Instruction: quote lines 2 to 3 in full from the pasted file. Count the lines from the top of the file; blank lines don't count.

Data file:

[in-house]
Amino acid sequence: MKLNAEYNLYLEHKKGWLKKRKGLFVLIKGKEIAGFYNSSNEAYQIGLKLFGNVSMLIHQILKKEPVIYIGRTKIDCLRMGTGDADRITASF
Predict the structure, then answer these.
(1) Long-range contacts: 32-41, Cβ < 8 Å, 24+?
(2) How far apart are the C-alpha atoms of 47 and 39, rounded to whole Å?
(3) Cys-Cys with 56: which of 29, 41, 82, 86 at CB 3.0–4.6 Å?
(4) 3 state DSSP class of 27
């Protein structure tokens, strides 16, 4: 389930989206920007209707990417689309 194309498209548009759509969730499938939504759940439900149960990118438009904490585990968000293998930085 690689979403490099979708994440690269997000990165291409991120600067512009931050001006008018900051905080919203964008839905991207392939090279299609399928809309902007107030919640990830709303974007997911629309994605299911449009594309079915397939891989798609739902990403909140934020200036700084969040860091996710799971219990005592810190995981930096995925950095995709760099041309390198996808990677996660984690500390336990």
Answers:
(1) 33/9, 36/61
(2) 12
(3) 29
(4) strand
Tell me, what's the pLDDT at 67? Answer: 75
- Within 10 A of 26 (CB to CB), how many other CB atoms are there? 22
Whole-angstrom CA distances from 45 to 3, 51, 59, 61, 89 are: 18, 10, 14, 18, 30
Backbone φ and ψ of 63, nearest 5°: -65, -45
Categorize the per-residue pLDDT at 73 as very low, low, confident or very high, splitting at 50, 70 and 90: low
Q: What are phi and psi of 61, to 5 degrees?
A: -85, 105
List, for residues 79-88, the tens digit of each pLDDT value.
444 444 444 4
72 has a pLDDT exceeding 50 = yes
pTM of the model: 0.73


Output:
Amino acid sequence: MKLNAEYNLYLEHKKGWLKKRKGLFVLIKGKEIAGFYNSSNEAYQIGLKLFGNVSMLIHQILKKEPVIYIGRTKIDCLRMGTGDADRITASF
Predict the structure, then answer these.